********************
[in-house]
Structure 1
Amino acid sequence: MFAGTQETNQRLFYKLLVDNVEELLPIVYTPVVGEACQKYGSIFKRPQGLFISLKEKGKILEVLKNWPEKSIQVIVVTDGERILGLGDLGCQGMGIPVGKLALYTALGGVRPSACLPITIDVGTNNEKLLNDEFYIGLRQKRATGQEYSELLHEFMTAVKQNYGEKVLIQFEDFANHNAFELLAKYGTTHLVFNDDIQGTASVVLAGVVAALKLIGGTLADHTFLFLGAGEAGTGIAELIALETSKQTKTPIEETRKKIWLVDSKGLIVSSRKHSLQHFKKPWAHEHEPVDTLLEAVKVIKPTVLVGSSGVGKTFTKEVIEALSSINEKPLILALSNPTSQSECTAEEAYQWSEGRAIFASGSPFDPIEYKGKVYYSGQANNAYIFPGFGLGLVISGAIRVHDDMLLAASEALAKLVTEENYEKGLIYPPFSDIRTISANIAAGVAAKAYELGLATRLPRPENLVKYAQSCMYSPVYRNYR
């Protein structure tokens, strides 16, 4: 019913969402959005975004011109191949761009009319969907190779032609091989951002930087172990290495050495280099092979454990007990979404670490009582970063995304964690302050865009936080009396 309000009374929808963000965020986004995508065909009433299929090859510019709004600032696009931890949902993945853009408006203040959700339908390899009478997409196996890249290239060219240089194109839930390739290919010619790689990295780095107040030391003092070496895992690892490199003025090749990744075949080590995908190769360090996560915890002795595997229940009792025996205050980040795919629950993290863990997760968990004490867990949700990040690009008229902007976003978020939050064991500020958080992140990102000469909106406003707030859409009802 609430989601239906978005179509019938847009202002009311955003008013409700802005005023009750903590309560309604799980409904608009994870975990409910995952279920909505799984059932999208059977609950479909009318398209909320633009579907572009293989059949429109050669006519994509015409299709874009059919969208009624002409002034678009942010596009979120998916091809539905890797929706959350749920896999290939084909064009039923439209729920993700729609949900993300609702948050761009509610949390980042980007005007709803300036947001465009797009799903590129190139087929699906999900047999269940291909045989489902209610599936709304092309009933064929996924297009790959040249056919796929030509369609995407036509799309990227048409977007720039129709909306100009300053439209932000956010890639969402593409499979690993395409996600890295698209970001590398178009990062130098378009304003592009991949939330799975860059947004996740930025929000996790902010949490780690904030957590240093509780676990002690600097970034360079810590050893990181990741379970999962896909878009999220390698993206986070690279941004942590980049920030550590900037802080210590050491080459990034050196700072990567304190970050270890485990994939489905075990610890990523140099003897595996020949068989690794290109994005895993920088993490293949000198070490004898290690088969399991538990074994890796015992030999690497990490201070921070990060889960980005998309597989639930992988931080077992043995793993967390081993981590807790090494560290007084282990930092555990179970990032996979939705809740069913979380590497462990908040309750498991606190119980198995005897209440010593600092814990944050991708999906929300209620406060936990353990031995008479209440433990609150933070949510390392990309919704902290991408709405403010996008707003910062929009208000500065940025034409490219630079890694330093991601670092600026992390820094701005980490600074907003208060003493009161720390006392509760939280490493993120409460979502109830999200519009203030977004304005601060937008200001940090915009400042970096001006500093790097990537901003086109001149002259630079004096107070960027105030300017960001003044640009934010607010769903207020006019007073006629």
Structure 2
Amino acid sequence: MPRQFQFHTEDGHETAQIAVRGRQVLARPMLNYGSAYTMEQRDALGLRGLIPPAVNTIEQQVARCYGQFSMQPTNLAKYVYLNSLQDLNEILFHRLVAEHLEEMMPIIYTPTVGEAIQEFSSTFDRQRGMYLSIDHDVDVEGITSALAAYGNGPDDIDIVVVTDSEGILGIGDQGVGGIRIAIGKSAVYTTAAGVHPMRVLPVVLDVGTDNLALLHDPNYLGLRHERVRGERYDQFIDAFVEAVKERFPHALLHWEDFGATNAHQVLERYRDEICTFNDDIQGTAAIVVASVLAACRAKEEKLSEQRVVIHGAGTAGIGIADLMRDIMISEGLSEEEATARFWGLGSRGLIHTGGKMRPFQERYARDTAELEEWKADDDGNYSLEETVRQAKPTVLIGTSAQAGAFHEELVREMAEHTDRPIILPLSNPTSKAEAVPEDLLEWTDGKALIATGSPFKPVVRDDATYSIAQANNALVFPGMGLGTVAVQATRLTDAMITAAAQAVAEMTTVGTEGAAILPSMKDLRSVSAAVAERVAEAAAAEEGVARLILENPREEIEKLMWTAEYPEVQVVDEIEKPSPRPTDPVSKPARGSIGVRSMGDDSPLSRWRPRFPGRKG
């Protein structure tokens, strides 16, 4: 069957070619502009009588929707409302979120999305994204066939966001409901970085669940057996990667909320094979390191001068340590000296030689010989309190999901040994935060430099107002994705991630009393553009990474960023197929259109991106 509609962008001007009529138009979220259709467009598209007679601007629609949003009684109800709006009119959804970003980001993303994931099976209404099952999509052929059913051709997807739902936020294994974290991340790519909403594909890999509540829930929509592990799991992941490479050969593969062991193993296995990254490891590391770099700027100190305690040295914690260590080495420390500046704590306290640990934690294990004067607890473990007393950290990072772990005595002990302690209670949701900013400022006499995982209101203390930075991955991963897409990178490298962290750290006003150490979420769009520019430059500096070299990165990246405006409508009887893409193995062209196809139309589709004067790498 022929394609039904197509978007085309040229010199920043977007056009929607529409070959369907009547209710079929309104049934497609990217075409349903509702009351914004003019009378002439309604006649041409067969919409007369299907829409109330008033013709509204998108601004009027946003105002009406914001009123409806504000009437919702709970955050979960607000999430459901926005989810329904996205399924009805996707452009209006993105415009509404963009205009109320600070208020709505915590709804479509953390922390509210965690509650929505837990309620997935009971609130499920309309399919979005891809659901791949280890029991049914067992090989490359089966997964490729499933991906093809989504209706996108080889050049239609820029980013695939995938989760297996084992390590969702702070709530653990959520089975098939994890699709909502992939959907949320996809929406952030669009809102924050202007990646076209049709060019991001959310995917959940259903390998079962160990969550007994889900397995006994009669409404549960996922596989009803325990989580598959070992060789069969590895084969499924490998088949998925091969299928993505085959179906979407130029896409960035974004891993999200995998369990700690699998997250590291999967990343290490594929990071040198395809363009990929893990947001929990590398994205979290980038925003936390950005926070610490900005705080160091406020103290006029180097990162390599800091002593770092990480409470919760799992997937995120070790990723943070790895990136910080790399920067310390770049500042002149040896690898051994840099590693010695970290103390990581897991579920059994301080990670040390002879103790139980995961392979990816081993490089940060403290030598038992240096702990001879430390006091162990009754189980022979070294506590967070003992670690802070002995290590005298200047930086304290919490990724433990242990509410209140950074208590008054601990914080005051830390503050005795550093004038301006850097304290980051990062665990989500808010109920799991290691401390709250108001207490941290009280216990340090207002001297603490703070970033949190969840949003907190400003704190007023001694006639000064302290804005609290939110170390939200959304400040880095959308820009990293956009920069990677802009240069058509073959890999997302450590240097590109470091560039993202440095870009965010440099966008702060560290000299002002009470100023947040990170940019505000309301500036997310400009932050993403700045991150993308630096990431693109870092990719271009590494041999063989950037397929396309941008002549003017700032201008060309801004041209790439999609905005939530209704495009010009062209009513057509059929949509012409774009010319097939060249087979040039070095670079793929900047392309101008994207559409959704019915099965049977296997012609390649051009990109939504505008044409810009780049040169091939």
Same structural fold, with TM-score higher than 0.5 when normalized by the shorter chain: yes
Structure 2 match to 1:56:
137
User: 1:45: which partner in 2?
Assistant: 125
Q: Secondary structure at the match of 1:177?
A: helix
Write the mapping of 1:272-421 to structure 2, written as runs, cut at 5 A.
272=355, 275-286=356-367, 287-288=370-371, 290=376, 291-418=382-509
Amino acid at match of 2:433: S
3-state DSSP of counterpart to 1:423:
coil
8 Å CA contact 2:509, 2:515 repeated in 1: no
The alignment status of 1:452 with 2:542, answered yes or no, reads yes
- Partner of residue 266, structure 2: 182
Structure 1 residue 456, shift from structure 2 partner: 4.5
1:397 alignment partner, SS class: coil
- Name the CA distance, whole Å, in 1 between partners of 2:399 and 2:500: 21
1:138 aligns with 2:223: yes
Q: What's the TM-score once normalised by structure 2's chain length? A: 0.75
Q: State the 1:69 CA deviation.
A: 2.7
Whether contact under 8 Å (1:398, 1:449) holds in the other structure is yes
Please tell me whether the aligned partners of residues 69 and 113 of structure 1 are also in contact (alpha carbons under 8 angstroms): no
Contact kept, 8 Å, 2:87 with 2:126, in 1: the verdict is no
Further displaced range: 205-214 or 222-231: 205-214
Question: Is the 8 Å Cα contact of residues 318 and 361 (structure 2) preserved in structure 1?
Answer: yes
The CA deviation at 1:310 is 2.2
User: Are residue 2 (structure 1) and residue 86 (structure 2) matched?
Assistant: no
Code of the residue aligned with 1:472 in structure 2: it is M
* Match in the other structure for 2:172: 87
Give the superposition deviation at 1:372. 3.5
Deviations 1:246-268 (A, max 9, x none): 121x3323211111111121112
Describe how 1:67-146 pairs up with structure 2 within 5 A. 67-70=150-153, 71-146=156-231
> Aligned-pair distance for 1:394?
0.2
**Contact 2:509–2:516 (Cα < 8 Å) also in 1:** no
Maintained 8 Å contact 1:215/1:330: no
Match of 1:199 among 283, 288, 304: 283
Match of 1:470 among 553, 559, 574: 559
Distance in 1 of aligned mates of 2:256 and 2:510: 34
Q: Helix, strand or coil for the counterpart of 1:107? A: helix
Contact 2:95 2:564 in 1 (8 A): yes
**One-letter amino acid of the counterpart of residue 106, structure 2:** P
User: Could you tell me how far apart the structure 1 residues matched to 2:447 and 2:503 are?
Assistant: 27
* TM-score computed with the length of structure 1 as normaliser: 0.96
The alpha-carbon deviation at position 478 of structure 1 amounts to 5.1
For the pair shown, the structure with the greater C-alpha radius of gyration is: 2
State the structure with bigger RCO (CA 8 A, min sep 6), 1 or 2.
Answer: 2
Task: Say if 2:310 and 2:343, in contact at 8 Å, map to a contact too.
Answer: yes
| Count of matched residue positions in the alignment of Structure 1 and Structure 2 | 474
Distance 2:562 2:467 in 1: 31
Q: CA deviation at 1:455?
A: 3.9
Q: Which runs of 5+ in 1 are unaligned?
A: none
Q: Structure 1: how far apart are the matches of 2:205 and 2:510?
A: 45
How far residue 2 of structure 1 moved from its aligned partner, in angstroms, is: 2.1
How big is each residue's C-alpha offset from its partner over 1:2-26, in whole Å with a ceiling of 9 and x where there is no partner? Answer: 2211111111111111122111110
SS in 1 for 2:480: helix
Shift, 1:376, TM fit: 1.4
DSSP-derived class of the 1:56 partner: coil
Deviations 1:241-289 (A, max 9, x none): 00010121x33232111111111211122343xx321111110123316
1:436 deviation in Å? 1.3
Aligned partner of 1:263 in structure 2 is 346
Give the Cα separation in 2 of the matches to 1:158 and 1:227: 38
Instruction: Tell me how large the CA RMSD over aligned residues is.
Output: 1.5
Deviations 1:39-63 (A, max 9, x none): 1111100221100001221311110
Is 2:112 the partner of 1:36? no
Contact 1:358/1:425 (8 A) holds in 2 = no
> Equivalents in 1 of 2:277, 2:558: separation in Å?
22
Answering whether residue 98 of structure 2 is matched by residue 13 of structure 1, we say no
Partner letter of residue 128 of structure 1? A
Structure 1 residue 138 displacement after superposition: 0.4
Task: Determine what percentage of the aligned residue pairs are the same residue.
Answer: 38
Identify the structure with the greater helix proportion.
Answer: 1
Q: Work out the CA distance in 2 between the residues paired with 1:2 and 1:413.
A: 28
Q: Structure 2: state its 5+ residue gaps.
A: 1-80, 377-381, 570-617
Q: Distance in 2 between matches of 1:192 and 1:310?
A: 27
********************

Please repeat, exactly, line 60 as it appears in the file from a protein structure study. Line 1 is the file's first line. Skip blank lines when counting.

Answer: 2